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Is COIN in Afghanistan Realistic? cont.

By Taylor Marvin

US Army photo by Staff Sgt. Gary A. Witte.

US Army photo by Staff Sgt. Gary A. Witte.

One of the most practical ways to judge a conflict’s chances of success is to try and visualize each sides’ path to victory — the practical, incremental steps each force must take to achieve its overall objective. For a conventional conflict this is easy: defeat the enemy’s forces, destroy their capability to make war and capture their capital. For a modern asymmetrical conflict this is more complex but can be done; you can reasonably draw out the steps needed to capture an enemy leader or prevent a genocide. For our war in Afghanistan it’s much more difficult.

We achieve victory in Afghanistan when we are able to impose our desired political and economic outcome on the country: violence rates low enough to permit only the central government to hold civil authority, broad legitimacy of the government that allows it to be an effective governing body, destruction of the most extreme elements of the Taliban and absorption of more moderate Taliban and tribal fighters into legitimate public society, a robust security force that denies al-Qaeda the ability to operate from Afghan territory and most importantly a economy that offers Afghans enough opportunities to cement the stability of the social order and development.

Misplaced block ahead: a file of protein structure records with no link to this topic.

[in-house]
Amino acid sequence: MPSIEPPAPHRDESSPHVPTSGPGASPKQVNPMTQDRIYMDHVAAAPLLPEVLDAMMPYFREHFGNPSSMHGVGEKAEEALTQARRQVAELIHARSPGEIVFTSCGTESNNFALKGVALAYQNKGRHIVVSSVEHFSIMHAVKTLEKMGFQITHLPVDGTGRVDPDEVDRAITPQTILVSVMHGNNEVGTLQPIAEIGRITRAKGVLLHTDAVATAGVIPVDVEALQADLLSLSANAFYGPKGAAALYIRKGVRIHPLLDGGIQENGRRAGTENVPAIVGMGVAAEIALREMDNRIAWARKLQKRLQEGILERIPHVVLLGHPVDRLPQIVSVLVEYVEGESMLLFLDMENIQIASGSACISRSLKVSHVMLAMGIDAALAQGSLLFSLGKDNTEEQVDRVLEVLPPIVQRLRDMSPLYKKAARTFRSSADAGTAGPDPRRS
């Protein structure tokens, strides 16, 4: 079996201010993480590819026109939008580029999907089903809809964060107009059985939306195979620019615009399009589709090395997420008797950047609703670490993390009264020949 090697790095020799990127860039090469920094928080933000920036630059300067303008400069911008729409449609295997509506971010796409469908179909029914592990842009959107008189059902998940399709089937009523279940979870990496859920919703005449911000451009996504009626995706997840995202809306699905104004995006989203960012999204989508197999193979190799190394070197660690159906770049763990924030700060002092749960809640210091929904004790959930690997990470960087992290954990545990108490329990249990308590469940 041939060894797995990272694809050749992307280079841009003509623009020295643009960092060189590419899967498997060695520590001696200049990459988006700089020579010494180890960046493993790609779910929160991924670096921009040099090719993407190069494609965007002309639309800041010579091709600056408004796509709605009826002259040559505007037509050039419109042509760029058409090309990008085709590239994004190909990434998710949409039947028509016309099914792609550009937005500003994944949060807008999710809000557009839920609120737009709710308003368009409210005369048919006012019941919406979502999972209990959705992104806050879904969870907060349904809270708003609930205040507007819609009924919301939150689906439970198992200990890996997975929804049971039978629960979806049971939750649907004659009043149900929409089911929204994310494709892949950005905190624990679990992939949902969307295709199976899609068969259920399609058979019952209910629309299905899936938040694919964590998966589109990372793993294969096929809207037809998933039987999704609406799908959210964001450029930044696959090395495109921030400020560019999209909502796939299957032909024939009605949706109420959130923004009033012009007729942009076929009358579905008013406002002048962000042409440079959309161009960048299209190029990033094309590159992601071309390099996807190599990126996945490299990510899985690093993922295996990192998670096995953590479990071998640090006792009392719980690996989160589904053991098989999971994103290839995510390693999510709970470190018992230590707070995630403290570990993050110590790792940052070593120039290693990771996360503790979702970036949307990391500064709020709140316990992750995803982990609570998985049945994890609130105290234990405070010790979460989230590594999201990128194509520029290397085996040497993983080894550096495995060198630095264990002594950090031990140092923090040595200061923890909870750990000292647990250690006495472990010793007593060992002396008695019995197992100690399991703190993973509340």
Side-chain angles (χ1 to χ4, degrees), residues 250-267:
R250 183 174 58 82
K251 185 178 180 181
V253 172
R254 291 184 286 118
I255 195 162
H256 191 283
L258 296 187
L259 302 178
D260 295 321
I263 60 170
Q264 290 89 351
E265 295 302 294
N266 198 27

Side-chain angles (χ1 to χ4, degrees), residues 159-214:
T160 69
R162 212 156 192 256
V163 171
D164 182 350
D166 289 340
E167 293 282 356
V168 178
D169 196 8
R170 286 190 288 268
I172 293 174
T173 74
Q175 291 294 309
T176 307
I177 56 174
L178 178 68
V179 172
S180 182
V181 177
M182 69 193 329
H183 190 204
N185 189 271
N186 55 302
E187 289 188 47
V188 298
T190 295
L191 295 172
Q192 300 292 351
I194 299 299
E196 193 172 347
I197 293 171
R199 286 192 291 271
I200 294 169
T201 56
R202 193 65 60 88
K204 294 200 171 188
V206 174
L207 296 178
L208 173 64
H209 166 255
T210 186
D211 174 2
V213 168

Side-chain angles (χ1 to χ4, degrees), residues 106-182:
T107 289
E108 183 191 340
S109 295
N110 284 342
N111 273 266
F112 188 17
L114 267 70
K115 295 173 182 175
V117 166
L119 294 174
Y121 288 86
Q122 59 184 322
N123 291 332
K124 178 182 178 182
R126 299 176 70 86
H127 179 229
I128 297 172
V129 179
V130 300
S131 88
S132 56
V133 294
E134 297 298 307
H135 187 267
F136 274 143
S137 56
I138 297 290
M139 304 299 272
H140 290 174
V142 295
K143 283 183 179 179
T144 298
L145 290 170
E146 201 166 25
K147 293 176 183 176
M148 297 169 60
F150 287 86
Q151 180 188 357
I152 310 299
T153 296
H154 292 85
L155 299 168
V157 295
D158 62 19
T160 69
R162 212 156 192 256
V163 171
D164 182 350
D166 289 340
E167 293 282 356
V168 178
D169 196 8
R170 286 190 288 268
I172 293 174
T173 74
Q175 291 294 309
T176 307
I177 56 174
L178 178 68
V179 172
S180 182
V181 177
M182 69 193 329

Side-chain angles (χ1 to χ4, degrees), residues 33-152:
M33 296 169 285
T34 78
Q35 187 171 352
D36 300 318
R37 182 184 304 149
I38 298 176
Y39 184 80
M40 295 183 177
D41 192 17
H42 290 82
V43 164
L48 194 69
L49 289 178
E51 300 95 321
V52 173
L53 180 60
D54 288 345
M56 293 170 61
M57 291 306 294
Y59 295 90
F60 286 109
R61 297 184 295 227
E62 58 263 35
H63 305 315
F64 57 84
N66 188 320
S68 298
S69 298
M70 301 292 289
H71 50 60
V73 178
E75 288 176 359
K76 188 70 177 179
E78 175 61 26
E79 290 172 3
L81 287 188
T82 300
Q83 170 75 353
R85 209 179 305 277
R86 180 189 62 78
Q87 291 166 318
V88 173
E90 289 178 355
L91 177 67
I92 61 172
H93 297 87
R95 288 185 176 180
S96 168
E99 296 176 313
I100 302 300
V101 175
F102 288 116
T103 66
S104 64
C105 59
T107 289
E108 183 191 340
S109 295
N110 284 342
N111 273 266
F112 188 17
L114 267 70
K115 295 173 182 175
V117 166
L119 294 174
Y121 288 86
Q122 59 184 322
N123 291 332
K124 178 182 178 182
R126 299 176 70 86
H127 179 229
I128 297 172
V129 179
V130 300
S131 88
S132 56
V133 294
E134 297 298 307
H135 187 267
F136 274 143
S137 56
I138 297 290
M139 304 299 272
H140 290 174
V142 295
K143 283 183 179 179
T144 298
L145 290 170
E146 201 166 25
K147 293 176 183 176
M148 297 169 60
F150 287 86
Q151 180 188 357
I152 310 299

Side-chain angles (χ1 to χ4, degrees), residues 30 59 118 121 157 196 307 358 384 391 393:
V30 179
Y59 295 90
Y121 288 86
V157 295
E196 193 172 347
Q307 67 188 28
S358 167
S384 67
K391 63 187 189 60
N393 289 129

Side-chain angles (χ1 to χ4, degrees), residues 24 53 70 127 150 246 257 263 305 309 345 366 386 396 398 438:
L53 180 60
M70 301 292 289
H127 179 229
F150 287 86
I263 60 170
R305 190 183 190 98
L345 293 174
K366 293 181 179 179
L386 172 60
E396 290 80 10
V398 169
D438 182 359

If this state is the overall goal of the war, what is the path to getting there? If we use the strategies of COIN to visualize the sequential, concrete steps towards victory we get something like this:

  1. Militarily deny the Taliban the ability to control and administer population areas, separating them from their base of support and denying extremists a platform to enhance their public legitimacy.
  2. Convince Afghans that NATO and central government have the will and ability to continue to protect the population and allow for a moderately stable civil society.